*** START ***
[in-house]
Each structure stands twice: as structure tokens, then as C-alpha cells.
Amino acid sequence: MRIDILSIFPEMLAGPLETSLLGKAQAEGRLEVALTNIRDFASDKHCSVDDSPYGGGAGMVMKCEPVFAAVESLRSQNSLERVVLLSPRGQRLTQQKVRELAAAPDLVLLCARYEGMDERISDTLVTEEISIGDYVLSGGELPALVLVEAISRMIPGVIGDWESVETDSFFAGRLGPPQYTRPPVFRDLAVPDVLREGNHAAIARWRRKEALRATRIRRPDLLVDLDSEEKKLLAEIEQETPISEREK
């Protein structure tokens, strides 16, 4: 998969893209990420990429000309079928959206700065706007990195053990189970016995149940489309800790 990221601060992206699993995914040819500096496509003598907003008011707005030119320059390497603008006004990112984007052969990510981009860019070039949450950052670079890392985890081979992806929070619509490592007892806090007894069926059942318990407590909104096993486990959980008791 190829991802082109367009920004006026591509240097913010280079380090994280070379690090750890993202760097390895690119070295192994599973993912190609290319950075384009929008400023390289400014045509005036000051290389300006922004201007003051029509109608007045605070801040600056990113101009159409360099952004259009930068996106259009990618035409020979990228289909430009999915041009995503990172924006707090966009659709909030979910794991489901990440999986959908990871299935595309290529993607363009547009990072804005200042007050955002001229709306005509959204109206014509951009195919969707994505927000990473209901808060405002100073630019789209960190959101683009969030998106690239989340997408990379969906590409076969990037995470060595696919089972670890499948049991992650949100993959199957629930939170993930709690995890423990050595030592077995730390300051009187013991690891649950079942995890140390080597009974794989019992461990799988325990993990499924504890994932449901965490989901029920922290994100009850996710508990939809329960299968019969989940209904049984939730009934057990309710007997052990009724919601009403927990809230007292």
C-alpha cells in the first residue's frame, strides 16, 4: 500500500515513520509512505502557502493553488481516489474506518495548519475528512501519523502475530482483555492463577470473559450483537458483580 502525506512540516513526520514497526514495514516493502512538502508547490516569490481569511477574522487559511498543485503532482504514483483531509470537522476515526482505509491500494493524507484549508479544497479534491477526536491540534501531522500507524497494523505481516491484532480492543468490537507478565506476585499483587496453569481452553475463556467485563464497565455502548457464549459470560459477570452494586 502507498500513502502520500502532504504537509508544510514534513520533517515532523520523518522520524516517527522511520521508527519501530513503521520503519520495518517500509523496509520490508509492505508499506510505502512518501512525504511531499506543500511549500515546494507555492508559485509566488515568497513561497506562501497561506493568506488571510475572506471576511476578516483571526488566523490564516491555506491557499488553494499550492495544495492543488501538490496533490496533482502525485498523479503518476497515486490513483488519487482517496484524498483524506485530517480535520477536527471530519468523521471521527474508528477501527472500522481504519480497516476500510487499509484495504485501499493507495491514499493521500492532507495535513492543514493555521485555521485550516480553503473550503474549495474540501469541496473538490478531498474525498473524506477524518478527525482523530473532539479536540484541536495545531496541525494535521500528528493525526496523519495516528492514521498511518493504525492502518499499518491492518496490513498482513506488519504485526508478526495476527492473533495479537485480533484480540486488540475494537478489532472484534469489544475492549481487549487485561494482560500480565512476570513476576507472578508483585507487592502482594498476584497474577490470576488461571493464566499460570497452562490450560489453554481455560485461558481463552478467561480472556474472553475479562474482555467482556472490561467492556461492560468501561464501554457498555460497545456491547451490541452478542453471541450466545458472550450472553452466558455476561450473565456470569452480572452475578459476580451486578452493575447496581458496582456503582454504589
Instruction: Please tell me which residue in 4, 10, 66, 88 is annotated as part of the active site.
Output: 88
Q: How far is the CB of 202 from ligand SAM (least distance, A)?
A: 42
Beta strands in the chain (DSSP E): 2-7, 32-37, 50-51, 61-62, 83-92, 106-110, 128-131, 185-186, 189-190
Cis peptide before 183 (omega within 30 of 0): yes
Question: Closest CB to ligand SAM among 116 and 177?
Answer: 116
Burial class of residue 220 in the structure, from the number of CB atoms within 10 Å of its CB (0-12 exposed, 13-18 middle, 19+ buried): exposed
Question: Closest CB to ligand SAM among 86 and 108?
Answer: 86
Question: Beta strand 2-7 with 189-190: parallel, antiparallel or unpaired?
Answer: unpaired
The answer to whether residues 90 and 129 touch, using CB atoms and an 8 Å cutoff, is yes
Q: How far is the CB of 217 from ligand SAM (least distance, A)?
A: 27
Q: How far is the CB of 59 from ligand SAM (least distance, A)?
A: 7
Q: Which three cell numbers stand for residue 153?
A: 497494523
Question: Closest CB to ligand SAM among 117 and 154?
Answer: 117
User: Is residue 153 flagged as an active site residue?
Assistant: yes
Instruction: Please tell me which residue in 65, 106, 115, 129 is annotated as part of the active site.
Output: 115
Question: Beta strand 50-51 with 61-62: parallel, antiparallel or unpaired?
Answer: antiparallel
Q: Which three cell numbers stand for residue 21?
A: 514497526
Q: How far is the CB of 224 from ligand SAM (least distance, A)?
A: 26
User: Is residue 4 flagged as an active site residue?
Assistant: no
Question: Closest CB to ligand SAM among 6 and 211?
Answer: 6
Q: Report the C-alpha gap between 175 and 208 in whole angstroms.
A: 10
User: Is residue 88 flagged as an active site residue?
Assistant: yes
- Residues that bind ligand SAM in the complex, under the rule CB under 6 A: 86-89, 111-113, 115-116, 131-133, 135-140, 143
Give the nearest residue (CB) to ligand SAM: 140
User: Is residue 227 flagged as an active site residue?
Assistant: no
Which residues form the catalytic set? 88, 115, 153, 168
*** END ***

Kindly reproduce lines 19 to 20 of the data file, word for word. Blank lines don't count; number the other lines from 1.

The answer to whether residues 90 and 129 touch, using CB atoms and an 8 Å cutoff, is yes
Q: How far is the CB of 217 from ligand SAM (least distance, A)?